It feels like it was just yesterday that I was talking about how I loved the design of the 1912 C46 set and the front design of the 1940 Play Ball set reminded me a little of that card. When I brought that up at least 24 hours ago, I mentioned that there are no Pittsburgh Pirates in the set because it only included minor league players. I recall that I said I could stretch the definition of a Pirates card if I featured a player in the set who played for the Pirates. This all sounds vaguely familiar to me, so I decided to stretch a definition today with a look at the card of Hall of Famer Joe Kelley from the 1912 C46 set.
If Joe Kelley doesn’t sound like a familiar name to you then you’re not a loyal reader, but I truly appreciate you becoming part of that growing group. He played for the 1892 Pirates for three months before they traded him to the Baltimore Orioles for George “Bad Luck” Van Haltren. I just gave him that nickname because the Alleghenys/Pirates had so much bad luck with Van Haltren it is mind-numbing to read through the list.
The quick summary is that Pittsburgh signed Van Haltren as a minor leaguer in 1887 and then traded him for veteran pitcher Jim McCormick, who went 10-23 in his only season in Pittsburgh, then retired. Van Haltren became an All-Star type player in Chicago. One bad trade. The trade for Kelley was a disaster. They gave up a 20-year-old future Hall of Famer for 137 games of Van Haltren. Two bad trades. The Pirates then sold Van Haltren to the New York Giants for $2,500, and then he played another ten seasons in the majors, putting up 25.1 WAR, with a severe leg injury limiting him to 0.0 WAR in his last two seasons combined. So he was basically a 3+ WAR player for eight years for $2,500. Three very bad trades, one player. If they just kept Van Haltren (or Kelley) he would be known as one of the team’s great players. He would also be the team’s leader in runs scored by a nice margin over Honus Wagner.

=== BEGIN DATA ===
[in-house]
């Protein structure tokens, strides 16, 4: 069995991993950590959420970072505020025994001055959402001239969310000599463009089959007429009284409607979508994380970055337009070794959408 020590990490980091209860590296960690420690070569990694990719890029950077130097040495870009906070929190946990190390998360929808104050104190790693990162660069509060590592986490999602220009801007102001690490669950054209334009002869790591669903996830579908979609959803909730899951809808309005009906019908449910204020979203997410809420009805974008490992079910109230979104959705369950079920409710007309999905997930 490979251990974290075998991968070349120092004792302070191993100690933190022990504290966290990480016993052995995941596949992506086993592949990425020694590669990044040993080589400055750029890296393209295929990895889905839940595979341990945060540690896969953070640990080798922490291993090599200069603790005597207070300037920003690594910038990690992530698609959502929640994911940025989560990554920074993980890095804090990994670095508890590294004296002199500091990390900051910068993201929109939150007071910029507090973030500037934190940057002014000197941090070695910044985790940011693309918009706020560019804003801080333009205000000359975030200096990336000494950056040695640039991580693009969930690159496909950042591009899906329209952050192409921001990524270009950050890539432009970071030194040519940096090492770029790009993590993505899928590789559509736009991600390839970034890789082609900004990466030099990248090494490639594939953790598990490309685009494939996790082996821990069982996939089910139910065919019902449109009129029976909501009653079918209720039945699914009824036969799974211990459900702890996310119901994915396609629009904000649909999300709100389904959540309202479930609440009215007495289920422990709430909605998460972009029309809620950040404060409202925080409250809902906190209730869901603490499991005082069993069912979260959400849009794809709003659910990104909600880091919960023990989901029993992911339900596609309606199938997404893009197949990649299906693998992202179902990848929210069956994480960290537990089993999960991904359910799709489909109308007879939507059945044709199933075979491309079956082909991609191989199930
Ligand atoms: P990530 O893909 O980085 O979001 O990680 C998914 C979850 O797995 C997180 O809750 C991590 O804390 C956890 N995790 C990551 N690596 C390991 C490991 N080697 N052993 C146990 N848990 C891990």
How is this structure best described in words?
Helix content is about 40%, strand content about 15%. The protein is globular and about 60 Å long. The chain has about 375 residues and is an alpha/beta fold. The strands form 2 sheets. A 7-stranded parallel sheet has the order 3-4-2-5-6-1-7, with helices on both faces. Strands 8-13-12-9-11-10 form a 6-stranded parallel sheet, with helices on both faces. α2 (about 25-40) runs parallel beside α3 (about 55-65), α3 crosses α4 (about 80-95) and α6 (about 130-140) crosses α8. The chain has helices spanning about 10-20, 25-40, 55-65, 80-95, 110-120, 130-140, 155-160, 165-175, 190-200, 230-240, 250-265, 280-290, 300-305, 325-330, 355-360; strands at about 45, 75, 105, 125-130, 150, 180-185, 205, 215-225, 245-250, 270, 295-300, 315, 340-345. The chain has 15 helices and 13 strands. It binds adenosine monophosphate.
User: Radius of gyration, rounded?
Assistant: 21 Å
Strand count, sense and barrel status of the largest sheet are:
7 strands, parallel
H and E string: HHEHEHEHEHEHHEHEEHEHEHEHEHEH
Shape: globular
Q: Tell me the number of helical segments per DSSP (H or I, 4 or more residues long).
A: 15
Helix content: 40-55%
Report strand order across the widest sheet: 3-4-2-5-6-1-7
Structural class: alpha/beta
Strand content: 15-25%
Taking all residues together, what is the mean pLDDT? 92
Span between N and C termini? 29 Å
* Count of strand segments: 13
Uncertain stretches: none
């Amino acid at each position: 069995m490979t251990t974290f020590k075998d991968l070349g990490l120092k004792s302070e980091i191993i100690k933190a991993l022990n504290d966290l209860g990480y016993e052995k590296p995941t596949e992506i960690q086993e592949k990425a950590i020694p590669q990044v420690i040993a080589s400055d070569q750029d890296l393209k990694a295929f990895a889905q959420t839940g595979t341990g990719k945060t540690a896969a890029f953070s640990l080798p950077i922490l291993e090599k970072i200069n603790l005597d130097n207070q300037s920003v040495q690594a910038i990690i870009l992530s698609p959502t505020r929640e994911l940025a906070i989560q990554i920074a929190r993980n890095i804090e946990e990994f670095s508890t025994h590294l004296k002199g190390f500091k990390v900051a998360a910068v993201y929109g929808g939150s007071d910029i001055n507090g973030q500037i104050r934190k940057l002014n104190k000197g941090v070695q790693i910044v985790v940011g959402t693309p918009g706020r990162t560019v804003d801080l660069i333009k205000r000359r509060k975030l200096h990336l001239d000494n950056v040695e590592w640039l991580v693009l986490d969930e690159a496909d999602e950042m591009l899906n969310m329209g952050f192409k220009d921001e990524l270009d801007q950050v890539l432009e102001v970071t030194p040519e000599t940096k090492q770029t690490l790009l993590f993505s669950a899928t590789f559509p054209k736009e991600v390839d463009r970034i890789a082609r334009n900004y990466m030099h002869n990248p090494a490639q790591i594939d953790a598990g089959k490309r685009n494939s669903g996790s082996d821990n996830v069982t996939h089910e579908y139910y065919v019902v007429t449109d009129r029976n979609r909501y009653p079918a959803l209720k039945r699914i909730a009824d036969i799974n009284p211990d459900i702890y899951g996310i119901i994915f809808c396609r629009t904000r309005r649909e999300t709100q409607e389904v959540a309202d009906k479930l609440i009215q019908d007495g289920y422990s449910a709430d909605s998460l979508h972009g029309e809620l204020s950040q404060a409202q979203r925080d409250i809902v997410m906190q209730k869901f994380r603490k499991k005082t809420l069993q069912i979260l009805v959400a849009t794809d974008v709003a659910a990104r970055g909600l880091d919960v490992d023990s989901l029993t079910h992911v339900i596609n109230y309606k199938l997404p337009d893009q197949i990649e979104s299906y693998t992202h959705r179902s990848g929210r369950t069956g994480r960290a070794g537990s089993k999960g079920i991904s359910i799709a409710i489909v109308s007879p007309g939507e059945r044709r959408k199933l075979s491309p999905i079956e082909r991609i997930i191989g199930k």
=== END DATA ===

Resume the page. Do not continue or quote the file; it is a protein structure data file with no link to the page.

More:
During the 1894 season, Kelley scored 165 runs and hit .393, with a .502 OBP and a 1.104 OPS. Then he drove in 134 runs in 1895. All five of those marks would be Pirates single season records. Basically, he was good. That’s how he got in the Hall of Fame. Enough spilled milk, let’s look at the card:
Here’s the front:
All of the cards in the 90-card C46 set contain portrait style photos like you see above. Kelley was a manager at the time, so he was in a suit. The players are in uniform, but similar looks to what you see here. I just love the design of this set, with the picture frame as a border, looking like a photo on a plaque, as well as the baseball, bat and glove in the photo. The name (which is obviously spelled wrong here) is in a little hot dog at the bottom. It’s such a great old school look that I don’t mind the back being a little bland…
Here’s the back of the card:
The spelling error on the front is a little odd considering that they got it correct twice on the back. As I said, the back is a bit plain. Cards from this era usually had some kind of advertisement on them for a candy or tobacco company in most cases. This is just no frills, bluish-green writing on the back with a misspelling of Cincinnati and no mention that he played for the Pirates. Notice there are no team names mentioned and that’s not that odd for that era because team names as we know them know were just nicknames, not official.
I should have mentioned how tough these cards are to find before I hooked you into wanting one of these cards. Most collectors on a budget won’t be getting a card from this set. I have one, which I bought as a type card years ago, but I thought about trying to collect the set. It’s not that expensive overall because it’s 90 cards and there are only three cards that get high prices, Kelley, Hall of Fame pitcher Joe McGinnity, and 1919 Black Sox player Chick Gandil. There are two Kelley cards on Ebay right now. One is a PSA 4 for $399, and the other is a PSA 1 for $225 or best offer. The scan above was taken from the more expensive one.